"Try not to tell people how to run their country, get workers to be more efficient, solve government problems, or criticize slowness in doing things." In Latin America things generally move slowly and you must be very patient. Sometimes at government offices you have to wait in line while the attendant is away brushing her teeth, polishing her fingernails or putting on make-up. If you complain, you're liable to get poorer service. There's a feeling among some workers that if they work too fast, the value of the work is lessened or depreciated, and not really appreciated by the one who is receiving or paying for it. I attribute the real reason to be a lack of motivation, which though to a lesser extent, also exists in private enterprise.
"Try not to gush or give out undue compliments." Those receiving them are not dumb. Sincerity that is false usually is not rewarded with friendship. Flattering that is too extended or visible doesn't produce good results.
"Be careful when you make in public to a parent or friend a bad comment in English about the country." You might feel you are not being heard but in Costa Rica many of the local population understand English and someone close by could hear you and feel bad about your criticism or wisecrack.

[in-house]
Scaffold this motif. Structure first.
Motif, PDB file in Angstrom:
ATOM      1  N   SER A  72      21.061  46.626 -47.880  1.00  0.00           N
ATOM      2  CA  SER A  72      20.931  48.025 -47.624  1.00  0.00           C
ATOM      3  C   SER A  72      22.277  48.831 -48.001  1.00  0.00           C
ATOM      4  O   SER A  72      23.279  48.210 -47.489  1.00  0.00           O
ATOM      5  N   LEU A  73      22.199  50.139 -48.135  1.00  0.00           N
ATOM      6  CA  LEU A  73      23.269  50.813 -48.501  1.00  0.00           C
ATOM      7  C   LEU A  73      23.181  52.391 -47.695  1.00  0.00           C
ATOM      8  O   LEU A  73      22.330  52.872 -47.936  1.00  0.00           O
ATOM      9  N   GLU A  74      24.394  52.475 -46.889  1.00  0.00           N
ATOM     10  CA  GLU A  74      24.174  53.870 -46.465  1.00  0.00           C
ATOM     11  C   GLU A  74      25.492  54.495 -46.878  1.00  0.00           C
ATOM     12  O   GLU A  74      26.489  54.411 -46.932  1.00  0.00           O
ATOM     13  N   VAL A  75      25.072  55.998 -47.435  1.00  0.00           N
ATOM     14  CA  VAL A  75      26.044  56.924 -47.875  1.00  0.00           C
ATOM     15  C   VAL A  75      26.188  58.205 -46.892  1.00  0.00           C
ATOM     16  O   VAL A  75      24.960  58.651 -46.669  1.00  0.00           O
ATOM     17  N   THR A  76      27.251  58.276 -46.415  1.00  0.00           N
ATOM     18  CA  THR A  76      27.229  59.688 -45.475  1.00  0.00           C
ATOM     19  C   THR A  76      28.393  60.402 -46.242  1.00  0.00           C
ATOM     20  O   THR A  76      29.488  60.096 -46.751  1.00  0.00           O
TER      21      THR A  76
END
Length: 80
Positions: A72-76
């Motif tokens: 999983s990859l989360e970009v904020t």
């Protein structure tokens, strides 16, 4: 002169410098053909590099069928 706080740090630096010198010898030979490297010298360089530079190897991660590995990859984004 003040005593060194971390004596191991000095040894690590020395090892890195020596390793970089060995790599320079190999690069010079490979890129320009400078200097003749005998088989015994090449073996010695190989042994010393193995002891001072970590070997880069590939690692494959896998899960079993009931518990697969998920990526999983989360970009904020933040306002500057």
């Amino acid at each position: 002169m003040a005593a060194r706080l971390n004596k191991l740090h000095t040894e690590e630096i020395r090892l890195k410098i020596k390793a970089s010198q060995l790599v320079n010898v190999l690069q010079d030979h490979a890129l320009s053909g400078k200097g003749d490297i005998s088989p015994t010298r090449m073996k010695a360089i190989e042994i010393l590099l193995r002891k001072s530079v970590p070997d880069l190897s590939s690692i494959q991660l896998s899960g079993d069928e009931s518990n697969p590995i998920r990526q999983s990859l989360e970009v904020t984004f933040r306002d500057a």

"Keep away of telling dirty jokes or conversations based on sex to try to break social ice "You will mostly be embarrassed or misunderstood. What appears to be a good joke or piece of conversation to you may be badly received by your listener. Jokes and puns in English usually do not translate well into Spanish and it's difficult to capture their real tone and meaning. Thus, if you're not sure how it might be received, don't tell it".
Good Manners Will Win You Points
Don't be boisterous or speak loudly nor blatant in manners or dress. Politeness and speaking softly go hand in hand especially among Costa Ricans. They appreciate this and consider it good manners. This is in contrast to the loud Spanish speaking Cubans, Puerto Ricans, Dominicans, Panamanians, and northern coast Colombians. This usually occurs with people living in coastal areas. Perhaps that's why Mardi Gras and such carnivals and rowdiness are much more common in coastal cities than in those inland. In highland Guatemala, the uplands of Mexico and mountain areas of other Latin-American countries, the people speak in even lower tones than they do in Costa Rica.